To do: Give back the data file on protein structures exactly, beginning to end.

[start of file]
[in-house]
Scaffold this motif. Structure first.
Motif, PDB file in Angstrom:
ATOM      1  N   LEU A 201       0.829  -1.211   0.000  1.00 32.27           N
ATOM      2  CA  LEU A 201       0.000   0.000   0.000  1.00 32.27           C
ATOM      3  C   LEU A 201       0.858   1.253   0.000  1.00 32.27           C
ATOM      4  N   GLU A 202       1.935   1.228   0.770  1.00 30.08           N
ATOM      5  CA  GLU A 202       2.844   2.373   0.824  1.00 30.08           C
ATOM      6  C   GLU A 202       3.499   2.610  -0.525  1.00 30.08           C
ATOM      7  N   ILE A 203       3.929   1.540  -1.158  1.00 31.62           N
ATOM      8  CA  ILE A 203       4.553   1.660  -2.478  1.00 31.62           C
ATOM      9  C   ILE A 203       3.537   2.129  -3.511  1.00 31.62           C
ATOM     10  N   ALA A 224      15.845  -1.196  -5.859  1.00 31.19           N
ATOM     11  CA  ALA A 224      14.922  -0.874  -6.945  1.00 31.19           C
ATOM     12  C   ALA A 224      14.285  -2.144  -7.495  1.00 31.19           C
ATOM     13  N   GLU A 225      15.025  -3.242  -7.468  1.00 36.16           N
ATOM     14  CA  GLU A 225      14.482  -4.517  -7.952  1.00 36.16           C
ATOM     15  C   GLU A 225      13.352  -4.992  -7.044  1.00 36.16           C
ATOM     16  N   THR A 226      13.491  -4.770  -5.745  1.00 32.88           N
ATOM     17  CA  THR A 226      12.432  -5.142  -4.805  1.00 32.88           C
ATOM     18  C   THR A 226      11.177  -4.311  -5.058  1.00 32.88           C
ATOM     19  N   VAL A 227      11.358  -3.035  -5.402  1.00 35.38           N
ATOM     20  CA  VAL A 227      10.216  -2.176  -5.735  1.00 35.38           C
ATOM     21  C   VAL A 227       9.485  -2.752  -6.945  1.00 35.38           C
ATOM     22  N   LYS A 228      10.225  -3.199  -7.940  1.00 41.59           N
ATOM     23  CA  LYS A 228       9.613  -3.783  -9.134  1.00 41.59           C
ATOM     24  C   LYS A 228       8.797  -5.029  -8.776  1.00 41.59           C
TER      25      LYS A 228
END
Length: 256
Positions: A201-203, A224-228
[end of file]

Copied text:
[in-house]
Scaffold this motif. Structure first.
Motif, PDB file in Angstrom:
ATOM      1  N   LEU A 201       0.829  -1.211   0.000  1.00 32.27           N
ATOM      2  CA  LEU A 201       0.000   0.000   0.000  1.00 32.27           C
ATOM      3  C   LEU A 201       0.858   1.253   0.000  1.00 32.27           C
ATOM      4  N   GLU A 202       1.935   1.228   0.770  1.00 30.08           N
ATOM      5  CA  GLU A 202       2.844   2.373   0.824  1.00 30.08           C
ATOM      6  C   GLU A 202       3.499   2.610  -0.525  1.00 30.08           C
ATOM      7  N   ILE A 203       3.929   1.540  -1.158  1.00 31.62           N
ATOM      8  CA  ILE A 203       4.553   1.660  -2.478  1.00 31.62           C
ATOM      9  C   ILE A 203       3.537   2.129  -3.511  1.00 31.62           C
ATOM     10  N   ALA A 224      15.845  -1.196  -5.859  1.00 31.19           N
ATOM     11  CA  ALA A 224      14.922  -0.874  -6.945  1.00 31.19           C
ATOM     12  C   ALA A 224      14.285  -2.144  -7.495  1.00 31.19           C
ATOM     13  N   GLU A 225      15.025  -3.242  -7.468  1.00 36.16           N
ATOM     14  CA  GLU A 225      14.482  -4.517  -7.952  1.00 36.16           C
ATOM     15  C   GLU A 225      13.352  -4.992  -7.044  1.00 36.16           C
ATOM     16  N   THR A 226      13.491  -4.770  -5.745  1.00 32.88           N
ATOM     17  CA  THR A 226      12.432  -5.142  -4.805  1.00 32.88           C
ATOM     18  C   THR A 226      11.177  -4.311  -5.058  1.00 32.88           C
ATOM     19  N   VAL A 227      11.358  -3.035  -5.402  1.00 35.38           N
ATOM     20  CA  VAL A 227      10.216  -2.176  -5.735  1.00 35.38           C
ATOM     21  C   VAL A 227       9.485  -2.752  -6.945  1.00 35.38           C
ATOM     22  N   LYS A 228      10.225  -3.199  -7.940  1.00 41.59           N
ATOM     23  CA  LYS A 228       9.613  -3.783  -9.134  1.00 41.59           C
ATOM     24  C   LYS A 228       8.797  -5.029  -8.776  1.00 41.59           C
TER      25      LYS A 228
END
Length: 256
Positions: A201-203, A224-228